The Right have no comments to make about the Left’s poem this round, while the Left simply say the Right’s poem has ‘major faults’. (Criticising the use of the completive marker nu twice in quick succession: kienu, fukenuran.)

Shunzei ignores this point, simply saying, ‘The expression “Has night fallen, I wonder, upon the sky wherein stars meet?” (yo ya fukenuran hoshiai no sora) is splendid, but there is no reason for beginning the poem with “deep dewfall” (tsuyu fukaki). The Lefts’ poem has no faults – thus, it must win.’

Autumn I: 8

Left (Win).


kuretake ni
suguru akikaze
sayo fukete
matsuru hodo ni ya
hoshiai no sora
When the black bamboo
Is brushed by autumn breeze, and
Night falls,
Is it time to celebrate?
Stars meeting in the heavens…

Lord Kanemune.




kokonoe ni
kyō matsuru oba
tanabata no
tada hito yo ni mo
ureshi to ya miru
Within the Ninefold Palace walls
This day we celebrate,
The lovers on
Just a single night:
Are they pleased, I wonder?

The Provisional Master of the Empress’ Household Office.


The Right state, ‘“Is it time to celebrate? Stars meeting in the heavens” (matsuru hodo ni ya hoshiai no sora) – the one does not seem to follow from the other. The Left wonder, ‘why we have an annual rite describe as “a single night” (tada hito yo), and not “but one night a year” (toshi ni hito yo)?’

Shunzei merely remarks, ‘“Is it time to celebrate? Stars meeting in the heavens” – this certainly does follow on, and there is nothing wrong with it. The point about “a single night” is well made. The Left wins.’

Summer II: 17

Left (Tie).


nasake zo miyuru
arate kumu
shizu ga soto mo no
yūgao no hana
How natural
To be moved:
Twined roughly round the fence
Outside a peasant’s hut,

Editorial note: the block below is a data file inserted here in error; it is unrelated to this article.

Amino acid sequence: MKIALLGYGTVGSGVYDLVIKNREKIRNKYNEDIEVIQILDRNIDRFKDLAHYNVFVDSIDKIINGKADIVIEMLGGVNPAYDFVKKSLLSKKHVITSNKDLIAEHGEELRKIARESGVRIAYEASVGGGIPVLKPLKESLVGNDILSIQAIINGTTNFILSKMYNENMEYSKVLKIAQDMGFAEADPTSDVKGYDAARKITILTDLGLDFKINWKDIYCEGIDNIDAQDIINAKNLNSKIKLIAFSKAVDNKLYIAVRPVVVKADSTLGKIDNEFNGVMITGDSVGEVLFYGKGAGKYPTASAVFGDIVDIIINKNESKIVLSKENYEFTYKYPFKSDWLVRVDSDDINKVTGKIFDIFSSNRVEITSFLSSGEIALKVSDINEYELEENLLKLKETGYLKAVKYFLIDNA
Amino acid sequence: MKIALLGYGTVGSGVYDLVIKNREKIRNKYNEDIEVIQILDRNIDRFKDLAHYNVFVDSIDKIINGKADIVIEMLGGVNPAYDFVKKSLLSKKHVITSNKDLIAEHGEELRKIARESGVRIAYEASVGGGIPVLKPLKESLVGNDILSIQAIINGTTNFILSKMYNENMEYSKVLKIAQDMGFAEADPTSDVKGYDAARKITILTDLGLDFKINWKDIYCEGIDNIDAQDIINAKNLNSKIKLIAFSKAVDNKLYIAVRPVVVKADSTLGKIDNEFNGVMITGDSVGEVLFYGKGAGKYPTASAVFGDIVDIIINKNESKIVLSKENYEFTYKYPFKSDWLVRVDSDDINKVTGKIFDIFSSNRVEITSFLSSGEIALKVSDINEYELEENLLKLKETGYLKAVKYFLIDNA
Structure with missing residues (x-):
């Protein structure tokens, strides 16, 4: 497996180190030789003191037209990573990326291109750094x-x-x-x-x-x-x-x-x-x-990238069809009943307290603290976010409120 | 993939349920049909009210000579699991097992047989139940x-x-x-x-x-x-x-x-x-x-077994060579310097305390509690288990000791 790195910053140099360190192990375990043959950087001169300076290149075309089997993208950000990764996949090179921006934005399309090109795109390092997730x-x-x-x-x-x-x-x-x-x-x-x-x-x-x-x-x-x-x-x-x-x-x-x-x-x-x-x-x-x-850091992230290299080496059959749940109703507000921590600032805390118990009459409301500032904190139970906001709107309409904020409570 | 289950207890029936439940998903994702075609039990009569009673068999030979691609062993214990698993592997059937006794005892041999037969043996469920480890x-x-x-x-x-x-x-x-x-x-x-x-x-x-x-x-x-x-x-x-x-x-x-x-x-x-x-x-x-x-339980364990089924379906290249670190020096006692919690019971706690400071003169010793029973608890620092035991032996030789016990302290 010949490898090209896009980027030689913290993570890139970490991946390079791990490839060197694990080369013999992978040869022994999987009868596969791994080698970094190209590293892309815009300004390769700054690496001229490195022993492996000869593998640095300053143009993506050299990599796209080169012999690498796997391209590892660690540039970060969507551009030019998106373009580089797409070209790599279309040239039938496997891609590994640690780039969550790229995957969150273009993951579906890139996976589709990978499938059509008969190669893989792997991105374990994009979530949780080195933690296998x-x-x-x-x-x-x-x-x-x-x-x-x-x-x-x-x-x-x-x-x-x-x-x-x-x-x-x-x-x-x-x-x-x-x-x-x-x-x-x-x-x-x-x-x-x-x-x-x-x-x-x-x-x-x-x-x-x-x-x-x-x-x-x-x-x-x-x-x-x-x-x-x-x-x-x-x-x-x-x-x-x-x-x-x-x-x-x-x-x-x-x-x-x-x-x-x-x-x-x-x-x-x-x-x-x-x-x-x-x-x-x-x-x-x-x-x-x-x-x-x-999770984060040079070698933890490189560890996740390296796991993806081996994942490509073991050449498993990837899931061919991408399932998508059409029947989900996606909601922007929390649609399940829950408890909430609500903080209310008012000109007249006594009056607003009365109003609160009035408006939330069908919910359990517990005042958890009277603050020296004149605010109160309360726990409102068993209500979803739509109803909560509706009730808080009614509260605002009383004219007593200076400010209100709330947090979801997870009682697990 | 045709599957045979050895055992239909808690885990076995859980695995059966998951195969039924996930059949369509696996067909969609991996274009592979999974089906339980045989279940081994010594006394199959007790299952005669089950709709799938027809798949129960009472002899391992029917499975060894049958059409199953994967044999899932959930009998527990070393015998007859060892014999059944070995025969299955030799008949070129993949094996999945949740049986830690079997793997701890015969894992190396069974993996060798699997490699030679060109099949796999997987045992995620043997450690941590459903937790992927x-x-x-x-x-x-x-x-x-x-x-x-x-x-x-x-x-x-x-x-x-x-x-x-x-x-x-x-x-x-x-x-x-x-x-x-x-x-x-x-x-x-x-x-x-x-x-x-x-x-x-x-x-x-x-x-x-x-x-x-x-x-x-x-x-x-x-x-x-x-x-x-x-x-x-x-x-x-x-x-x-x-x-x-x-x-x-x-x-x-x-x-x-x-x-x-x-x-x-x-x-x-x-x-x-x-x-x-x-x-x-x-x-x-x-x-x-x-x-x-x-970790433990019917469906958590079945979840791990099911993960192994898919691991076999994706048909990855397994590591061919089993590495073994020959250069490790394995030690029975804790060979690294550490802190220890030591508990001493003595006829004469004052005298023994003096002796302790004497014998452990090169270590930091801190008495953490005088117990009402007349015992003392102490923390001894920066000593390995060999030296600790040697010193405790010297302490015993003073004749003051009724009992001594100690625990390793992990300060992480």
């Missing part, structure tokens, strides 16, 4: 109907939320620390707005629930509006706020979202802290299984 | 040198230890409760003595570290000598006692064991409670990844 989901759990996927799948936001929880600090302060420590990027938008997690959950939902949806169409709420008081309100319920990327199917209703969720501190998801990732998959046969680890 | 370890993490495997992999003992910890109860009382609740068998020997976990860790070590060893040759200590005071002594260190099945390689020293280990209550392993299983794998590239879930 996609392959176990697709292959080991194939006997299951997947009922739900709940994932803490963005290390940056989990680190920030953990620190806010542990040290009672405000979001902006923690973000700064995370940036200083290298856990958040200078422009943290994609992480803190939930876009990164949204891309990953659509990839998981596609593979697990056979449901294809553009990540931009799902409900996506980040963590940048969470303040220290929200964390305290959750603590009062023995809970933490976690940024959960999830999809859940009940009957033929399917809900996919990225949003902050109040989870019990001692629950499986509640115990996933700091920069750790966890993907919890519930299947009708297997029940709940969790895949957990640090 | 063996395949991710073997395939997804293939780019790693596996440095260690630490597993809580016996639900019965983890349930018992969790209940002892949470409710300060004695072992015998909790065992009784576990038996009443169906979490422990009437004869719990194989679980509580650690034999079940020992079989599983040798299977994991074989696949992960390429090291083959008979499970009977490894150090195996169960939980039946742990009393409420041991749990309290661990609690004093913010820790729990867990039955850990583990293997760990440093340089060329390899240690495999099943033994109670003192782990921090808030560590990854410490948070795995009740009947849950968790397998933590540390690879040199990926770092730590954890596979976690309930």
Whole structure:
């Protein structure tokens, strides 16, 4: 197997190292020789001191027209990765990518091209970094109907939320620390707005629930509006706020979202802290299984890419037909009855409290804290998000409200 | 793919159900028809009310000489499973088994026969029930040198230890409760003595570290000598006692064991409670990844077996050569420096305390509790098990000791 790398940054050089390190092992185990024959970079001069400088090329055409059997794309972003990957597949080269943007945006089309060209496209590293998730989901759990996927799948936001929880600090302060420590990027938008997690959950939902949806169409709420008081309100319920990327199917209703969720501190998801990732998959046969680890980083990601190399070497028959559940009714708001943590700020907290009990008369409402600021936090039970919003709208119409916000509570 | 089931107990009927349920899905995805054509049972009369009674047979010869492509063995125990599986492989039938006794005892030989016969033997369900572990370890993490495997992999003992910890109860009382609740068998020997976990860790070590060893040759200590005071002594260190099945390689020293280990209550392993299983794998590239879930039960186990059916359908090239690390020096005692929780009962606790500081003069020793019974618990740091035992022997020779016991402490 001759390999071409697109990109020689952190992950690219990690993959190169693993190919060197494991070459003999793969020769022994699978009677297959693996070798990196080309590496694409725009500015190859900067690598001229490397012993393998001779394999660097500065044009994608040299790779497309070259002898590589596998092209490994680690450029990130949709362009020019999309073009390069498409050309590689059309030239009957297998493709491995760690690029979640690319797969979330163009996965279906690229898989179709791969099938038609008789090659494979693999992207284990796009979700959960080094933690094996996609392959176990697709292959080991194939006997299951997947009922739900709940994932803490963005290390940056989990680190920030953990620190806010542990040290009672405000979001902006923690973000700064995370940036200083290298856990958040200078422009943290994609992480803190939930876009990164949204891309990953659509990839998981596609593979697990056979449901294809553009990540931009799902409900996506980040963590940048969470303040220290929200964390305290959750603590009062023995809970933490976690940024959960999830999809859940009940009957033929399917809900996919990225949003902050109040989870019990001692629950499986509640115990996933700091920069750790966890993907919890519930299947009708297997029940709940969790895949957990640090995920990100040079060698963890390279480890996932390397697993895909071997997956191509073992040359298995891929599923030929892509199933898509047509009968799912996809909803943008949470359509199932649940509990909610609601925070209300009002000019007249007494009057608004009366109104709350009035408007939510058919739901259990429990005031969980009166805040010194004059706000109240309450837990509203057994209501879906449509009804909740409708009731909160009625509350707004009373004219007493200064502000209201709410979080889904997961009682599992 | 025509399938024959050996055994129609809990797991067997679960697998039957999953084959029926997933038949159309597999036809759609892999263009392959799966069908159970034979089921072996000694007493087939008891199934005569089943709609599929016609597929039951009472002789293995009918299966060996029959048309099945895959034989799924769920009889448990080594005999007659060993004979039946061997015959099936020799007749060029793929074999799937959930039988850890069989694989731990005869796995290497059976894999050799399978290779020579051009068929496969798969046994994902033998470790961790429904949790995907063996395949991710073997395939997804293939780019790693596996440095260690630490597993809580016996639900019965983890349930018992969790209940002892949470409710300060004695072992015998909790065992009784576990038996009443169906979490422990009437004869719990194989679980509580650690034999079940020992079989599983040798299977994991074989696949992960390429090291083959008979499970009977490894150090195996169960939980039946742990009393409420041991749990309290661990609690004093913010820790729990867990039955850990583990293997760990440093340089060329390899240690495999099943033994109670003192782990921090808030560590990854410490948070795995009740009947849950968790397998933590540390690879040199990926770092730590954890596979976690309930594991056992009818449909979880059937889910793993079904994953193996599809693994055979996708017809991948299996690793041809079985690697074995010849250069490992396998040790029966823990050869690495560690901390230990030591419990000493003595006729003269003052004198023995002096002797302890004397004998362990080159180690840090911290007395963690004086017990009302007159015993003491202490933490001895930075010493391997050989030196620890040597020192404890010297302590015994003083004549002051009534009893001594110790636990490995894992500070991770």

Moonflower blooms…



Right (Tie).


yamagatsu no
chigiri no hodo ya
yoru o nomi matsu
yūgao no hana
Is it with the mountain man
Her time is pledged
So secretly?
For the night alone, awaiting,
The moonflower bloom.



The Right state, ‘it is normal diction to say ‘roughly’ (arate) ‘hang’ (kaku). Is it possible to also use ‘twine’ (kumu)?’ In response from the Left, ‘Yes, one can.’ The Left have no criticisms to make of the Right’s poem.

Shunzei states, ‘Both poems are equally lacking in faults or merits. Whether one uses “roughly” twining or hanging, neither is particularly superlative, I think. “Her time is pledged” (chigiri no hodo ya) seems somehow lacking , too. This round must tie.’

Spring III: 3



yūgure ni
omoeba kesa no
asa kasumi
yo o hedatetaru
kokochi koso sure
In the evening
Pondering on the morn’s
Morning mist:
That a night does stand between,
The feeling strikes me strongly.

Lord Ari’ie.


Right (Win).


tsumoreba oshiki
haru no hi o
nodokeki mono to
nani omouramu
Doing this and that
Time passes, so I should regret
These days of spring,
Spent in peaceful
Thought – and for what!

Lord Takanobu.


Neither team has any comments to make about the other’s poem this round.

Shunzei states, ‘The Left seem to touch on the topic of the round only distantly, while the Right’s ‘Time passes, so I should regret’ (tsumoreba oshiki) appears particularly splendid. It must be the winner.


Composed during a gentle rain and sent to a woman he had been secretly seeing since the first day of the Third Month.


oki mo sezu
ne mo sede yoru wo
akasite Fa
Faru no mono tote
nagame kurasitu
Not awake and yet
Not sleepless through the night, and
With the dawn
Comes a scene from Spring:
Ever-falling rain to gaze upon all day.

Ariwara no Narihira (825-880)